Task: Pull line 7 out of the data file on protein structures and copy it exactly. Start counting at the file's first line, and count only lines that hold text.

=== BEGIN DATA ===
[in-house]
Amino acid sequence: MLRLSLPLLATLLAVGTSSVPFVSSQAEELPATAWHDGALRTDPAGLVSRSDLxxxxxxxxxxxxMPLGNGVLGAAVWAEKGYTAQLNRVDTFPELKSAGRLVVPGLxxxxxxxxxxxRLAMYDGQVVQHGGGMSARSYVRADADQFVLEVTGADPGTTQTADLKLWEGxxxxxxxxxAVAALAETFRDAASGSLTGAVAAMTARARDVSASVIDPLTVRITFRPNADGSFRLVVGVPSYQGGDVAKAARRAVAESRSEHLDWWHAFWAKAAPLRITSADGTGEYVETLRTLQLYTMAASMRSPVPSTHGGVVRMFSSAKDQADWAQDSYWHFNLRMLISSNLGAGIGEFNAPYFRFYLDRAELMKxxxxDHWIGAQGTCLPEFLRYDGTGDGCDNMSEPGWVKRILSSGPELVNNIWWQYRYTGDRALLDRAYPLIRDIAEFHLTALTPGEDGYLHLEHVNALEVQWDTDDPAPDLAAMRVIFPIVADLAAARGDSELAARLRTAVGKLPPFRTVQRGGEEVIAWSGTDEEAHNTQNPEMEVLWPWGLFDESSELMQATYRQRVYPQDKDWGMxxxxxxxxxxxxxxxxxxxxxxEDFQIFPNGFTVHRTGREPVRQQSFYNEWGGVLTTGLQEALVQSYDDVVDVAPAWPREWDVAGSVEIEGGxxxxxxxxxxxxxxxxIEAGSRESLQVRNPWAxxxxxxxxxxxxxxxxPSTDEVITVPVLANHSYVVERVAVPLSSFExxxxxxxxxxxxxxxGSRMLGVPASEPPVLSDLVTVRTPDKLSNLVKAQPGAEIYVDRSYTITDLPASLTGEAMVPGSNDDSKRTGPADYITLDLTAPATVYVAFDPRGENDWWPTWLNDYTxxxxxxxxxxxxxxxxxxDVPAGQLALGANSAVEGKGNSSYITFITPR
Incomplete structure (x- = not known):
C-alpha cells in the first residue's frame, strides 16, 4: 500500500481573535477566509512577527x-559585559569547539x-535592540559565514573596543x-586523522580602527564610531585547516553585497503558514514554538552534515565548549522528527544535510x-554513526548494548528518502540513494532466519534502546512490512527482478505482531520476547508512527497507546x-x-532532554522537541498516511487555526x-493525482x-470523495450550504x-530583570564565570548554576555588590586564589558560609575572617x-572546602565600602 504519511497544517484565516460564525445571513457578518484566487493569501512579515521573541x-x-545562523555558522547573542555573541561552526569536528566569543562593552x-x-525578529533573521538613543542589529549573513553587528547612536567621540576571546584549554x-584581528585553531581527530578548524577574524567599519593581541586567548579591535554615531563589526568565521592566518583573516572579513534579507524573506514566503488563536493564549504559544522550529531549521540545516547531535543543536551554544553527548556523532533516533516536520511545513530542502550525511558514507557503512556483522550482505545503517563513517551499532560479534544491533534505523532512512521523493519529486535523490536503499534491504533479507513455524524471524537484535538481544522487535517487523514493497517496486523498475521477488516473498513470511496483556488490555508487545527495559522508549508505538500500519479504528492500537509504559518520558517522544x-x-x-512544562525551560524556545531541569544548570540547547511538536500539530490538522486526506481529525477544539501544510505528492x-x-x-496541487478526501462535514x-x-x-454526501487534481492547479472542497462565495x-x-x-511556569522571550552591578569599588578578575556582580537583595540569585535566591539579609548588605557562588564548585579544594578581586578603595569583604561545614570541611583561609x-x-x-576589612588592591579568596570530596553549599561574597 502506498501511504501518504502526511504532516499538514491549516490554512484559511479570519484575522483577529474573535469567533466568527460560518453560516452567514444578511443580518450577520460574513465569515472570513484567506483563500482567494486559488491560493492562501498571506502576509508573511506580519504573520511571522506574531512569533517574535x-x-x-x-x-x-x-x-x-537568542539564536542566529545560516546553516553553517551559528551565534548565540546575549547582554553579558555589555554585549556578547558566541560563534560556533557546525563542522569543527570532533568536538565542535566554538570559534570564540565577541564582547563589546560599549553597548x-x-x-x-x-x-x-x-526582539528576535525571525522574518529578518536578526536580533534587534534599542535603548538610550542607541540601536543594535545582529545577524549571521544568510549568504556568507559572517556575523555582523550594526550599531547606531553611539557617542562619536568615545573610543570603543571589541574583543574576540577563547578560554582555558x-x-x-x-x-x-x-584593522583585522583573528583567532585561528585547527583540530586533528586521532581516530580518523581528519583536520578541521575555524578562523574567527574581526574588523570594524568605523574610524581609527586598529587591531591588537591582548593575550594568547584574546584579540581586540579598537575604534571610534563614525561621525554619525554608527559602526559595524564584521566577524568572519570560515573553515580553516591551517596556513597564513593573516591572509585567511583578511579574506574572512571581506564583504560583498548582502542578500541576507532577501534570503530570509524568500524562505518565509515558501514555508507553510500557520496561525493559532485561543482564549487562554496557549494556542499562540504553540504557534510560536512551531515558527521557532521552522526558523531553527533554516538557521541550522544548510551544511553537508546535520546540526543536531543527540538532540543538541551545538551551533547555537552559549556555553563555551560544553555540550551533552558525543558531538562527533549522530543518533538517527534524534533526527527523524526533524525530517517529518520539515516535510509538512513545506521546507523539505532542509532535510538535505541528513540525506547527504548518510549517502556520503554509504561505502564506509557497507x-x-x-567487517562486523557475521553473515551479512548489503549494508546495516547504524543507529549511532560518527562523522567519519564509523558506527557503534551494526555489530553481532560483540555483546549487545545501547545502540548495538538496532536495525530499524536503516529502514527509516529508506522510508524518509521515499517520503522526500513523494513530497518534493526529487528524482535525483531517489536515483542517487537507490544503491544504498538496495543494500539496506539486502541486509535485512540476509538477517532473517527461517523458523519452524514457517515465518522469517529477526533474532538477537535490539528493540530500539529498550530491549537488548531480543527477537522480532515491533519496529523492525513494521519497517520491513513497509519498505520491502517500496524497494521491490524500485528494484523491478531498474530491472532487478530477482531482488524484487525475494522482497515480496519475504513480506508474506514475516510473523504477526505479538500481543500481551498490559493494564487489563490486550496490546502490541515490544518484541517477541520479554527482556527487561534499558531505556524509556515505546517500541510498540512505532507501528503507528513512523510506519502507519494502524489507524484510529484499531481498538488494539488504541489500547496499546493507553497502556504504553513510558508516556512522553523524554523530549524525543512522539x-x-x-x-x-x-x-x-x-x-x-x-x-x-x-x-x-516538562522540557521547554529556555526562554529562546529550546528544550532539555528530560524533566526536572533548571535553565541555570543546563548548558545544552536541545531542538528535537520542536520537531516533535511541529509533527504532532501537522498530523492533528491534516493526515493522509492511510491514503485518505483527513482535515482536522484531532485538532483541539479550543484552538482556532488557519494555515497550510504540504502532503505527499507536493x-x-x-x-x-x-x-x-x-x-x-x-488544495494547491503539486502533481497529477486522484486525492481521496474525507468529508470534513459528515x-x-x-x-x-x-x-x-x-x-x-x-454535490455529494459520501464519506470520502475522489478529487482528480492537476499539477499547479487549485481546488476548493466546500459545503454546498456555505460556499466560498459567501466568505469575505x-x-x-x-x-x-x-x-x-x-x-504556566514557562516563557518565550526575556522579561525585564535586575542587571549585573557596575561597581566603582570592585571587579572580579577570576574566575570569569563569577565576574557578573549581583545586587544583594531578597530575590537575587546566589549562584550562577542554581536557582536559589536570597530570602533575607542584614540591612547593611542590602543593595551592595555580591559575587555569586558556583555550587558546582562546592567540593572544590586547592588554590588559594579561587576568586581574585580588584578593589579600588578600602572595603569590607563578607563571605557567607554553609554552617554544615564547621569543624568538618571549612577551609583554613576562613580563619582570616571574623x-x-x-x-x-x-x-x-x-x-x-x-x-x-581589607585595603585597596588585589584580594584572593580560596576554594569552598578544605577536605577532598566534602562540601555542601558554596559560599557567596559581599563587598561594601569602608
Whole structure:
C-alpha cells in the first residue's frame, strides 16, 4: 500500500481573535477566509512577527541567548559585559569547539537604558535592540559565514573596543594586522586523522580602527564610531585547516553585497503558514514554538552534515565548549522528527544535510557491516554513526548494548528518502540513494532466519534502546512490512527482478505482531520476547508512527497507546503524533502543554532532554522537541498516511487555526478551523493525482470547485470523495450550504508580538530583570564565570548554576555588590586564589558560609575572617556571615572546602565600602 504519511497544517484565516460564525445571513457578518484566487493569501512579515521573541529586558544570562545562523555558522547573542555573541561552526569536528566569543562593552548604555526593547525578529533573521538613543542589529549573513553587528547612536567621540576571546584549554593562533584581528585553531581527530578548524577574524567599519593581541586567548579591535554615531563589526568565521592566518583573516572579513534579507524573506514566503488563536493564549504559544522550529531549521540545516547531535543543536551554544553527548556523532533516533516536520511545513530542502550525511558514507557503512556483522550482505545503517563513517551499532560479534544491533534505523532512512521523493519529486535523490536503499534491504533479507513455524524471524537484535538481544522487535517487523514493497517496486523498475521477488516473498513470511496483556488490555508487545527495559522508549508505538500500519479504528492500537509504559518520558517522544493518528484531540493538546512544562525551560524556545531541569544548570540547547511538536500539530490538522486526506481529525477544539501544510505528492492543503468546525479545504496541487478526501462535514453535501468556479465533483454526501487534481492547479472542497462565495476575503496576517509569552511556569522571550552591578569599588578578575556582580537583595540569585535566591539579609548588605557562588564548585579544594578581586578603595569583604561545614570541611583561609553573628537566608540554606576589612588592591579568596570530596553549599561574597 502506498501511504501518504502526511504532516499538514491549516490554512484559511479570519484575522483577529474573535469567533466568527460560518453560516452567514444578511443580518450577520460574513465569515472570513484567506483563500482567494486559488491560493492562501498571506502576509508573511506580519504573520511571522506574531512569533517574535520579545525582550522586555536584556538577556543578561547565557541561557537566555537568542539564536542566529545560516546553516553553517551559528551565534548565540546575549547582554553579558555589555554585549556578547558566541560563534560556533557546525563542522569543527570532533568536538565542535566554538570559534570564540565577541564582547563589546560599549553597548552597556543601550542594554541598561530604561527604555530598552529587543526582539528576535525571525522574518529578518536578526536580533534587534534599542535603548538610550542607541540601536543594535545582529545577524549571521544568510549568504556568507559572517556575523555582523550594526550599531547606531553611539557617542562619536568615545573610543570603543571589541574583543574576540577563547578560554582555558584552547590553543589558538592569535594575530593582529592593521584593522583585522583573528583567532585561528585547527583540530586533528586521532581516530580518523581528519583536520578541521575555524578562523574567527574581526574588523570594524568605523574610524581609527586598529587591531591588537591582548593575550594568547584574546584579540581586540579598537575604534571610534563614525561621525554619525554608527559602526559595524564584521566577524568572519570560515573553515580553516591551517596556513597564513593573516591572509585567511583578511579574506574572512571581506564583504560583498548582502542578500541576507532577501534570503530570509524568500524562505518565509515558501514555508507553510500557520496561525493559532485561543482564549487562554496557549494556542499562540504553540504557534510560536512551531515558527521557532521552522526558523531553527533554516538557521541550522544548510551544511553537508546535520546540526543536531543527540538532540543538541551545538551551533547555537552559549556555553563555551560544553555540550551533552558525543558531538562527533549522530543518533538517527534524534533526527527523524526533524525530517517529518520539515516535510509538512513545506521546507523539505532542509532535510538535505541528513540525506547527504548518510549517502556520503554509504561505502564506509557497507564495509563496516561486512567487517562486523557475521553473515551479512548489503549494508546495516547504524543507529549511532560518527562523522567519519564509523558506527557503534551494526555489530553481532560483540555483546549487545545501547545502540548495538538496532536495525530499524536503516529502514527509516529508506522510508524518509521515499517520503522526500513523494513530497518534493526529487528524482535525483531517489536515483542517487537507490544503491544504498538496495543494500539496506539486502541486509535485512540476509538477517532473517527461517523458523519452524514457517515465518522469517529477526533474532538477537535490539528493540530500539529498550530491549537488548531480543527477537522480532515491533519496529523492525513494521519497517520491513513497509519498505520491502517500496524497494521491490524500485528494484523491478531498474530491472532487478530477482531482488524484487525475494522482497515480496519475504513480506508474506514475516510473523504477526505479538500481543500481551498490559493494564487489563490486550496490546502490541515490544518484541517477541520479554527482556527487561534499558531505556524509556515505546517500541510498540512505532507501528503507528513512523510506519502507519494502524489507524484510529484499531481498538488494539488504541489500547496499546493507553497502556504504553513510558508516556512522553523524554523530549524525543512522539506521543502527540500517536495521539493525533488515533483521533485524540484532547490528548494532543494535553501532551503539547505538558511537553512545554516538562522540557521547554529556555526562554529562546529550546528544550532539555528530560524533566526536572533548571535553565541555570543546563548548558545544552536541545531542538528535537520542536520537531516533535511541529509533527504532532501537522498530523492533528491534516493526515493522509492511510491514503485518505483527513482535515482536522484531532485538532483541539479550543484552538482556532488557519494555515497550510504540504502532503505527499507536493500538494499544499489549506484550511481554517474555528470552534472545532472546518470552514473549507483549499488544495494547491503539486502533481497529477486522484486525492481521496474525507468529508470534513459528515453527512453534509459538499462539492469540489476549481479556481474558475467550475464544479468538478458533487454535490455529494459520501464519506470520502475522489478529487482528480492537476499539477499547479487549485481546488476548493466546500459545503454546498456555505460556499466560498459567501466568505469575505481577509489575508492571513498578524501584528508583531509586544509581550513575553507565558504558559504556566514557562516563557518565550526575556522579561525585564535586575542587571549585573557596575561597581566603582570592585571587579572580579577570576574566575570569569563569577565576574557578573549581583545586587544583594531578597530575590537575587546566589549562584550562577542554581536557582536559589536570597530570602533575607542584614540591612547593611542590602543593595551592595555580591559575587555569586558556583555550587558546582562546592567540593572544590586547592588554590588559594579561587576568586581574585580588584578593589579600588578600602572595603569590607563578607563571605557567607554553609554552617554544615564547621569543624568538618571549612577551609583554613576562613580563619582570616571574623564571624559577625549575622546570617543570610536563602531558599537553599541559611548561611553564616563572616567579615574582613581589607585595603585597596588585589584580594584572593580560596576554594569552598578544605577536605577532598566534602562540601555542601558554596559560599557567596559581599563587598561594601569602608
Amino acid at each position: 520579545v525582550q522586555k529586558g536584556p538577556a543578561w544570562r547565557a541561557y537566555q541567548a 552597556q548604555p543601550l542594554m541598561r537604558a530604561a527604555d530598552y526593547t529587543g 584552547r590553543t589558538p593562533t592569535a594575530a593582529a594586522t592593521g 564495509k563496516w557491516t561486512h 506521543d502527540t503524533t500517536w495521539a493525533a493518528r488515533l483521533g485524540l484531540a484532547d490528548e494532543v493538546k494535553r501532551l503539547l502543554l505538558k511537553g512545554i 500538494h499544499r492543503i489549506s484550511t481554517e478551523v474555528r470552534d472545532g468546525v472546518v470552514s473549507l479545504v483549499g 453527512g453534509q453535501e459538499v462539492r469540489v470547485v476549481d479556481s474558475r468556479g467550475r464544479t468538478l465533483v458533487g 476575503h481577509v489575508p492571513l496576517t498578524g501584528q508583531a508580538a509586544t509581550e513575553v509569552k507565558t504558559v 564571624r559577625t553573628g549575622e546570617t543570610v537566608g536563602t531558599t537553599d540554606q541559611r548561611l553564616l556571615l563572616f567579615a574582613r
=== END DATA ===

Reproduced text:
Amino acid at each position: 520579545v525582550q522586555k529586558g536584556p538577556a543578561w544570562r547565557a541561557y537566555q541567548a 552597556q548604555p543601550l542594554m541598561r537604558a530604561a527604555d530598552y526593547t529587543g 584552547r590553543t589558538p593562533t592569535a594575530a593582529a594586522t592593521g 564495509k563496516w557491516t561486512h 506521543d502527540t503524533t500517536w495521539a493525533a493518528r488515533l483521533g485524540l484531540a484532547d490528548e494532543v493538546k494535553r501532551l503539547l502543554l505538558k511537553g512545554i 500538494h499544499r492543503i489549506s484550511t481554517e478551523v474555528r470552534d472545532g468546525v472546518v470552514s473549507l479545504v483549499g 453527512g453534509q453535501e459538499v462539492r469540489v470547485v476549481d479556481s474558475r468556479g467550475r464544479t468538478l465533483v458533487g 476575503h481577509v489575508p492571513l496576517t498578524g501584528q508583531a508580538a509586544t509581550e513575553v509569552k507565558t504558559v 564571624r559577625t553573628g549575622e546570617t543570610v537566608g536563602t531558599t537553599d540554606q541559611r548561611l553564616l556571615l563572616f567579615a574582613r